To begin answering this question, it’s important to emphasize one word: System. Voting machines, often a subject of much contention, do not work alone.
Together with configuration systems, consolidation servers, and many other elements, they form a unified whole. Good systems are designed so that their different elements validate and protect each other. Kind of like a good sports team.
The security of a robust electronic voting system should be designed following a principle known as Defense in Depth. More than implementing just one single impregnable security measure, Defense in Depth adds multiple layers of security and control mechanisms that protect data across the system.
Encryption. For starters, absolutely all the information stored in the election system, from the files that run it, to the tallying reports generated during the election, must be encrypted. Encryption protects the confidentiality of the data by making it unreadable to unauthorized users.
Certificates. In addition, every component of the system must have a unique digital certificate. These certificates allow other elements of the system to know whether or not they are interacting with a legitimate part of the team.
Digital signatures and asymmetrical keys. By combining digital signatures and asymmetrical keys, authorities can validate that the applications running the platform, and the data generated throughout the election, remained unaltered throughout the process.
Security keys also play a crucial role in protecting data. Each device has a unique set of security keys to safeguard the privileged information that it stores. And certain repositories may even have key splitting. This means that the keys are split into several parts; and only when all parties involved agree to unite their unique part of the key, they can access the data.
Air gapping. For added protection, voting machines must be air gapped. They should be isolated from the outer world. Only when voting is over, they connect to the outer world to transmit information for a few seconds. All the encrypted and digitally signed data travels through secured channels. Following the defense in depth principle, multiple layers of protection can be added to reinforce the security of the transmission.
When put in place, these security measures can guarantee the integrity, confidentiality and legitimacy of the information. Even in the unlikely event that a group of hackers would somehow manage to alter the application running one single voting machine, the digital certificates would be altered, and the System as a whole, would not allow the machine to transmit its spoiled information. Good sports teams are precisely that, teams that work together and protect each other.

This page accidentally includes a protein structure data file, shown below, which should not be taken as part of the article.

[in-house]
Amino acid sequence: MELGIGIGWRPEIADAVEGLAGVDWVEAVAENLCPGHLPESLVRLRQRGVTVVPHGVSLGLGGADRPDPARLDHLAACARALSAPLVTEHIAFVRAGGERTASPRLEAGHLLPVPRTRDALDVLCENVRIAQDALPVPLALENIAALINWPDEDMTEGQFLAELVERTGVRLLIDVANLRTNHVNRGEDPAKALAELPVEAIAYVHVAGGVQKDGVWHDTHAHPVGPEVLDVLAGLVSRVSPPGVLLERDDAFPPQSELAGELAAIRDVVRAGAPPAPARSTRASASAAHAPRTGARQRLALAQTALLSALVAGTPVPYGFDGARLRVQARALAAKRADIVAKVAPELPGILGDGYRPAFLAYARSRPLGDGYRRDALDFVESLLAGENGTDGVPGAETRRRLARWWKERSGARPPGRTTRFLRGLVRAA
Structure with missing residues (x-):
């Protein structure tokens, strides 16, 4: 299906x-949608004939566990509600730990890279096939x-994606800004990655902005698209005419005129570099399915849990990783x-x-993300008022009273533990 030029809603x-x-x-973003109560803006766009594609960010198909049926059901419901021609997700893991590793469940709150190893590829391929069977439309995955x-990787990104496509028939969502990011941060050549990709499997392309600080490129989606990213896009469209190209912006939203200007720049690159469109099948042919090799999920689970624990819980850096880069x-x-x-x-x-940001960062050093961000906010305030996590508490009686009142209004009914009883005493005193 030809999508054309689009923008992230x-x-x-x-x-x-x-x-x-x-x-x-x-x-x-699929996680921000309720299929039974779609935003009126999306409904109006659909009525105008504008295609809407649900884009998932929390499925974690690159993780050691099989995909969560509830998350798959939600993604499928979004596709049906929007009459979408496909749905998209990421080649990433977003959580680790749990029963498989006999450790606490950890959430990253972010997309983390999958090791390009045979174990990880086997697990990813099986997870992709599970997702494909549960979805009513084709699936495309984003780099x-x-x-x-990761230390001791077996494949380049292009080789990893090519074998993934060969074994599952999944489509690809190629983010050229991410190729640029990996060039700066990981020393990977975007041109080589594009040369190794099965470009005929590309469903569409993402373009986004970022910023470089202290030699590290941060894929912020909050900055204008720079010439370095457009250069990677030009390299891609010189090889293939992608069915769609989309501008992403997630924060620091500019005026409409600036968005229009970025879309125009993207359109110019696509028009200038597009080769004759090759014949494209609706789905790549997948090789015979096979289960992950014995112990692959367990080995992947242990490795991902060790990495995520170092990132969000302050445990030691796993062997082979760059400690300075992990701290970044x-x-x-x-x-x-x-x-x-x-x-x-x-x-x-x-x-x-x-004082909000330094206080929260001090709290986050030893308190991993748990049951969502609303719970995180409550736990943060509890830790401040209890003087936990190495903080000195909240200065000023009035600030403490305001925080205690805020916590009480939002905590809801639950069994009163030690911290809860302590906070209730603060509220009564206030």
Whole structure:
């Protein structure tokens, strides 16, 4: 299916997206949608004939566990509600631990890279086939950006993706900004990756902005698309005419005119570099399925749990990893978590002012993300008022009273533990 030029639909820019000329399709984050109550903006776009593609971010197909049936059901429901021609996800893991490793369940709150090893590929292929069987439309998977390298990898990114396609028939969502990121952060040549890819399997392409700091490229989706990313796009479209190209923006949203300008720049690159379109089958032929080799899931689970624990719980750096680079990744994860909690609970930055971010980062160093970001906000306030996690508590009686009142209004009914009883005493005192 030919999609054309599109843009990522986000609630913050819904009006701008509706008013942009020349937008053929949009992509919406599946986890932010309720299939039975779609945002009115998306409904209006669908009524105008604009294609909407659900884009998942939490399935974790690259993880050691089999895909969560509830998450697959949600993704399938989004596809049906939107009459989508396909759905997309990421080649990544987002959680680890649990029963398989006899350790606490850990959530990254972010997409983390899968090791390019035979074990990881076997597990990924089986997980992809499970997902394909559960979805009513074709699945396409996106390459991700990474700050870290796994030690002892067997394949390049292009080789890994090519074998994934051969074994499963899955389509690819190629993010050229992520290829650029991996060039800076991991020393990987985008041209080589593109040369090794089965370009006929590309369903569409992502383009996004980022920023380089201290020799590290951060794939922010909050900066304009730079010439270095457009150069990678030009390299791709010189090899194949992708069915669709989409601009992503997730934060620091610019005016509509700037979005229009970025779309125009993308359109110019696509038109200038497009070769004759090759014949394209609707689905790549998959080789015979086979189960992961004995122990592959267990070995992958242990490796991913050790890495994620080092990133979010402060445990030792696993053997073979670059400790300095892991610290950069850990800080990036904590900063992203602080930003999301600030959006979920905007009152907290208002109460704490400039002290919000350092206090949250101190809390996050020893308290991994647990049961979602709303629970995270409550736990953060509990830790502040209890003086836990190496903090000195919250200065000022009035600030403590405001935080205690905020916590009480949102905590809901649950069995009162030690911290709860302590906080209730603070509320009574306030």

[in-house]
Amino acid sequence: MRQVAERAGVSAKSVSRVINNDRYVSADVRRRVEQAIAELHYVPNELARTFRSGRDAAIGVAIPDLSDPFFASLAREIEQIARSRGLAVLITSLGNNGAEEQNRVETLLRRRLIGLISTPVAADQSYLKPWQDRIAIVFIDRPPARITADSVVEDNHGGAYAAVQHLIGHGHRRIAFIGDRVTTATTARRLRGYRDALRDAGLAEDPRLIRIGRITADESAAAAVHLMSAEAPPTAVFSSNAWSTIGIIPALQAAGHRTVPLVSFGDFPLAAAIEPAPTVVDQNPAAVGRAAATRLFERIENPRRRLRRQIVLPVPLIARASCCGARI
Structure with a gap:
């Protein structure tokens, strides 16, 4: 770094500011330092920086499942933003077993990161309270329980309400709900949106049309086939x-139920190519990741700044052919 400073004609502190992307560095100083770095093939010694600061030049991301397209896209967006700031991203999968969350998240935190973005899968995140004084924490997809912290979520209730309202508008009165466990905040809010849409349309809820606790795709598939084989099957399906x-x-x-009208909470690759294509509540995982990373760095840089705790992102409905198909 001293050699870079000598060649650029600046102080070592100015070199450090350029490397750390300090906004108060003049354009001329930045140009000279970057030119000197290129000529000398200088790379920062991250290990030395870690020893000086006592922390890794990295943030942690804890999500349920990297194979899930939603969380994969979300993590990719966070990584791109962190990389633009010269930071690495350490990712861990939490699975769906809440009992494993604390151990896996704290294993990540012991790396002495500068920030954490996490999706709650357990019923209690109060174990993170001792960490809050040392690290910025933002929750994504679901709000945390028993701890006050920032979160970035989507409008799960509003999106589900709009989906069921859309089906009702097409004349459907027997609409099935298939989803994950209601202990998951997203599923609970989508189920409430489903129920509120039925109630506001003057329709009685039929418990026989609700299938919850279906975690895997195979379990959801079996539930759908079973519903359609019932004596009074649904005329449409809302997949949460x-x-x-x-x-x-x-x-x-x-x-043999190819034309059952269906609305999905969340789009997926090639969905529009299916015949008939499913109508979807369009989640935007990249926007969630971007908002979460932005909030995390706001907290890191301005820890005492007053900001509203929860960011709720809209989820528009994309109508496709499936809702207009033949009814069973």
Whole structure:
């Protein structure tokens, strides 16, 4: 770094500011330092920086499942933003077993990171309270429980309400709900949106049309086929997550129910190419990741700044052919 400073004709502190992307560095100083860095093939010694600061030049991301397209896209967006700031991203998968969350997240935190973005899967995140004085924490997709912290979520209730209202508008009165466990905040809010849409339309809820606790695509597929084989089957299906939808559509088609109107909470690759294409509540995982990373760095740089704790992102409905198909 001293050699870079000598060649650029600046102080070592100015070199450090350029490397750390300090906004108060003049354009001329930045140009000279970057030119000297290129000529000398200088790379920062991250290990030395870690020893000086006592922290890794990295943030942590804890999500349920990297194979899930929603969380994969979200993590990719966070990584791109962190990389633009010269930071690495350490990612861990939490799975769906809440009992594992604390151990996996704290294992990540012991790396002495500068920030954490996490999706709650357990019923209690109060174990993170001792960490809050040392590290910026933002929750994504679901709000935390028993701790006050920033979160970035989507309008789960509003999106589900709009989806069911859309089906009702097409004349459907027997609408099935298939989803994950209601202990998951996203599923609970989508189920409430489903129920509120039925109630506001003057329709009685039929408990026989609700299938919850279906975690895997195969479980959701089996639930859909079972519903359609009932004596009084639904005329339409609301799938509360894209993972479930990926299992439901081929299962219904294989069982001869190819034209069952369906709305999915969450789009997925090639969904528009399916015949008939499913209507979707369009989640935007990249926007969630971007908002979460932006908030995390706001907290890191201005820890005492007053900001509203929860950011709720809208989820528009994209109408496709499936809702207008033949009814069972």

Redundancy is another key concept that improves security and transparency. Just like the immutability of the blockchain is based in having multiple copies of the same data in different places, distributed data storage should be applied for added security.
When voting data is made redundant, hackers trying to change one single vote need to change it in many other places. Failing to do so would make the change obvious. This means that redundancy makes the system tamper evident.
Audits. One key benefit of automated elections is the level of transparency they offer. Redundant electronic voting systems produce multiple copies of every data point as the election progresses. This generates a very rich audit trail. Even if hackers managed to slow data transmission after polls close, the votes will always remain in the voting machines, ready to be consolidated.
When voting system generate a paper trail, it is possible to guarantee, with 100% of certainty, that the results are 100% legitimate. A paper trail allows, even those who are clueless or careless about technology, to verify that results reflect the will of the voters.
Technology is already transforming the world around us. We should embrace it to transform the future ahead of us.